I had noticed the same thing and also that they never specify which Sazon Goya they use. In the stores here and on the website there are 6 varieties, con culantro y achiote, con azafran, con cilantro y tomate, etc. I wonder which one they use and which ones folks on this thread use. I use the cilantro y tomate variety in my homemade chili and some soups.
I use the Adobo Light by Goya (light blue top), 50% less Sodium and I use it whenever I need a garlic salt/pepper/oregano mixture, all purpose seasoning (which is alot). Its very good.
Not really unless you are allegeric to it..
Lots of Chinese restaurants put MSG in their food, and lots of foods have it.
I always look for it, as it gives me a headache. That seems to be a common side effect.
Good link. My MD SIL would rather people use it instead of salt, unless of course, they are allergic to it.
Well it’s my Badia that as the MSG. Is that a bad thing?
No MSG in my seasoning according to the label.
The MSG is too much. A lot of Goya products are like that. Puts me straight to sleep.
All this talk about the Adobo spices prompted my dinner this evening.
Thick cut pork chops seasoned with my Adobo Lemon spice, with marsala wine.
Reduced the sauce and drizzled it over the pork chops with peach slices and blueberries, with some Dolmas as a side item.
And yes, TJ, I waited until the picture was taken to eat![;)]
Looking at my jar of Goya Adobo with Lemon, ingredients listed are:
Salt, tricalcium phosphate (to prevent caking),granulated garlic, citric acid, tropical lemon flavor, oregano, turmeric.
No MSG in mine.
I use it for a general catch all seasoning… For salads, soups, broiling chicken, broiling steaks, etc.
I thought I had the one with cumin, but am out of it.
I use that one when I make chili.
Yep Doggy, that red 40 does sound kinda skerrry! I use soy sauce mixed w/ pickled jalapeno juice for beef, chicken, and pork.
The Goya site has 60 recipes. I still want to know what my Roadfood buds use it for.
My boyfriend is half Puerto Rican and we use both Adobo and Sazon (one or the other, depending on what’s in the house) in what he calls Puerto Rican style beef stew. It’s stew meat simmered with onions and bells peppers, some diced tomatoes, a can of tomato sauce, some water, a few potatoes, a bit of Sofrito (Goya makes this in jars), and a big dash of Adobo or a Sazon packet. It justs adds seasoning to any dish, mostly a salty flavor.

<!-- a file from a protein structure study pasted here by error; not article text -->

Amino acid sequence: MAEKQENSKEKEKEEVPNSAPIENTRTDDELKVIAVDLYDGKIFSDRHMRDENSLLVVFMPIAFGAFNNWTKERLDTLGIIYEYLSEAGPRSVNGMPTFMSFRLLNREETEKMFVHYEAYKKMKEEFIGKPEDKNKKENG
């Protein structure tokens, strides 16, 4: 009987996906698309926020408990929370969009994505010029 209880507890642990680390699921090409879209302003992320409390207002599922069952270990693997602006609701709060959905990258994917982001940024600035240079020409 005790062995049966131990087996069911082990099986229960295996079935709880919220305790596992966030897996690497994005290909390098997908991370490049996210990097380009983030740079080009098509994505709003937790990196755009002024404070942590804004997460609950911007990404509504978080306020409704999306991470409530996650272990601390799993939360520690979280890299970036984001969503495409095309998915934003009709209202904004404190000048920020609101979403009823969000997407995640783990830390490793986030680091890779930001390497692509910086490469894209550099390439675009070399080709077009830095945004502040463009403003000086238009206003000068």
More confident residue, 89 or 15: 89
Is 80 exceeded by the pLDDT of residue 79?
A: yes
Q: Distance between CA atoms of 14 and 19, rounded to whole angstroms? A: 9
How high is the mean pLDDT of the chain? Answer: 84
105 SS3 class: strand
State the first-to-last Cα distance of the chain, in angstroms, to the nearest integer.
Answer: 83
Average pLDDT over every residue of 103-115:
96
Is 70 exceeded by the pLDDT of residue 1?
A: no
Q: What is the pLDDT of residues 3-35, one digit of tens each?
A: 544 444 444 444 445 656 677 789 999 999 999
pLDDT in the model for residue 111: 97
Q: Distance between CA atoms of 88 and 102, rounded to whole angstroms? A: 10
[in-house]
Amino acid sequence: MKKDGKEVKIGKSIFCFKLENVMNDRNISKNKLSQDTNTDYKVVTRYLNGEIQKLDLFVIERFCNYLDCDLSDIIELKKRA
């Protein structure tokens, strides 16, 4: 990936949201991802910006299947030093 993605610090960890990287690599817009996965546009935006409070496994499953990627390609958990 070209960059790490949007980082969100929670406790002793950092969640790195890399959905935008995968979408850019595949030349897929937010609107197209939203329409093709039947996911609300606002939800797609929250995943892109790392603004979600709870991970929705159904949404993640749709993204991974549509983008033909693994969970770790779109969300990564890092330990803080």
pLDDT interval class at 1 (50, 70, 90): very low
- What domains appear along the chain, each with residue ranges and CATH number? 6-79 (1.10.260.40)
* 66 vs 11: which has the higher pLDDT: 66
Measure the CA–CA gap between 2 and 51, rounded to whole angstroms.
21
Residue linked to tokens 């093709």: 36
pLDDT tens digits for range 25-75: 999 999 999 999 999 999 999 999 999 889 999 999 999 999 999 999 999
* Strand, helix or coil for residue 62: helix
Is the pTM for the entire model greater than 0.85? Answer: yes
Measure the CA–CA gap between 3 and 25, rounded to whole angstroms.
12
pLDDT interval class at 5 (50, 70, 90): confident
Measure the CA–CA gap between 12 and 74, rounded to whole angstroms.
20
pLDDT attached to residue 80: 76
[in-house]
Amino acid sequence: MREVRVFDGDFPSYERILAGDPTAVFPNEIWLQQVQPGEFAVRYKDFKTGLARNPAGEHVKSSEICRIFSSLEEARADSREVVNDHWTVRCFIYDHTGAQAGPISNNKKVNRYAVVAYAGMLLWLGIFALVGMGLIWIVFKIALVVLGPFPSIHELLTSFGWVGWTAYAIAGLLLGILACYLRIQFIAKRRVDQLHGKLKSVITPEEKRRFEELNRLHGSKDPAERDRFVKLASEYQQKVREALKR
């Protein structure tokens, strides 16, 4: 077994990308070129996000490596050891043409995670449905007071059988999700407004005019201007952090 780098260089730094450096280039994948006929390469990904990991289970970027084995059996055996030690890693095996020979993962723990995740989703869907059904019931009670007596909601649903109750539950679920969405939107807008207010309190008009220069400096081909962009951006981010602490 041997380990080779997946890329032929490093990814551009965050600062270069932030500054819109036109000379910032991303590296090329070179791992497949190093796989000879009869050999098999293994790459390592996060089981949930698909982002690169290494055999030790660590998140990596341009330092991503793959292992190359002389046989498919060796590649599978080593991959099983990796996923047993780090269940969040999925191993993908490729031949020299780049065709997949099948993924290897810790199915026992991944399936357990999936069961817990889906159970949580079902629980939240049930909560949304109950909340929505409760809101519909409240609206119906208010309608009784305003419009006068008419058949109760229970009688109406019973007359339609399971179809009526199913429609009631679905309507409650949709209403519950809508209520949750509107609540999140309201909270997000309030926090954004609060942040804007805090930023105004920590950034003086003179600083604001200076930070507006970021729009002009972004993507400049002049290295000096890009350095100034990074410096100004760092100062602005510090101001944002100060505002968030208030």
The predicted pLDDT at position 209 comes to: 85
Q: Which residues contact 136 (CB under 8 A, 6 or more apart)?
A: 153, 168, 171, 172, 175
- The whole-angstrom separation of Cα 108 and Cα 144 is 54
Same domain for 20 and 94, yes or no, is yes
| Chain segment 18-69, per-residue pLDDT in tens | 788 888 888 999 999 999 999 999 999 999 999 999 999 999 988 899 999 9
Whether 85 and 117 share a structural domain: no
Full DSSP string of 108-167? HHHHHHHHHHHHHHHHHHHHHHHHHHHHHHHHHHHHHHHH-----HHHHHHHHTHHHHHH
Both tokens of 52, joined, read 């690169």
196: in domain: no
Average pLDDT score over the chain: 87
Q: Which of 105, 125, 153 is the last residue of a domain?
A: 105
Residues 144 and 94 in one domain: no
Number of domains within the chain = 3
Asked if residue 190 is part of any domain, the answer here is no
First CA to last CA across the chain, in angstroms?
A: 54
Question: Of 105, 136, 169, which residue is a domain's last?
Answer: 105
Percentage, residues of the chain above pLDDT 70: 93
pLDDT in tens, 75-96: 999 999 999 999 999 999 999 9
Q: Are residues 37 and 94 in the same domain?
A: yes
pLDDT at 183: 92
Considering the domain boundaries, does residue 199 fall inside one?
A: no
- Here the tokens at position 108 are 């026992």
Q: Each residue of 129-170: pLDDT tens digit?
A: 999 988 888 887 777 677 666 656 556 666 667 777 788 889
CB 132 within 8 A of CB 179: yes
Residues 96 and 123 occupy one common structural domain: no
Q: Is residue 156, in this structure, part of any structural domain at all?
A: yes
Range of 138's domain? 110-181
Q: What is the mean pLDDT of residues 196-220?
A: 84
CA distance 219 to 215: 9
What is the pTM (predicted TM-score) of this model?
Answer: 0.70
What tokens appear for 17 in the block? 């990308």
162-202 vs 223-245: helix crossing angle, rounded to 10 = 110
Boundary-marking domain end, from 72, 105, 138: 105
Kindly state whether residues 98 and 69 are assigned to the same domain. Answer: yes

The beef stew is served over rice, which was so strange to me when I first had it, because there’s potatoes in it, but man! it’s good stuff.
Thanks for the links Roossy! Looks like there are diff kinds of Adobo. Mine is w/ pepper. What do you cook with yours?
I would say that you are on the right track. I think that it works as an all purpose seasoning, much like a dry rub. Try it on roast chicken or pork.
While on this topic, I have something similar called Sazon Goya. It is a bright orange box. According to the box, it can be used for just about anything. …And I mean everything!! You should really read what it says on the outside of the box as the hype is pretty bold for its claims.
It is the ingredients that scare me though. It lists in the following order MSG, salt, dehydrated garlic, cumin, yellow 5, tricalcium phosphate, annotto, and red 40. [xx(]
Even though I say it scares me, I bet it would be an interesting flavor enhancer to paella. I have never used it though and it sits in the spice cabinet.
The Philippine cooks I worked with in the Navy made chicken and pork adobo. This was my first introduction to this term, but it is completely different from the stuff you have. The meat would be cooked in soy sauce, vinegar, garlic and onions. Great stuff. Serve it on white rice.
I keep the lemon pepper and cumin Adobo seasonings by Goya in my cupboard….
Here is a link I found from Badia with recipes…
Badia is headquartered in Miami.. I remember when they were just a tiny company…..
Their website has a wealth of information on it….
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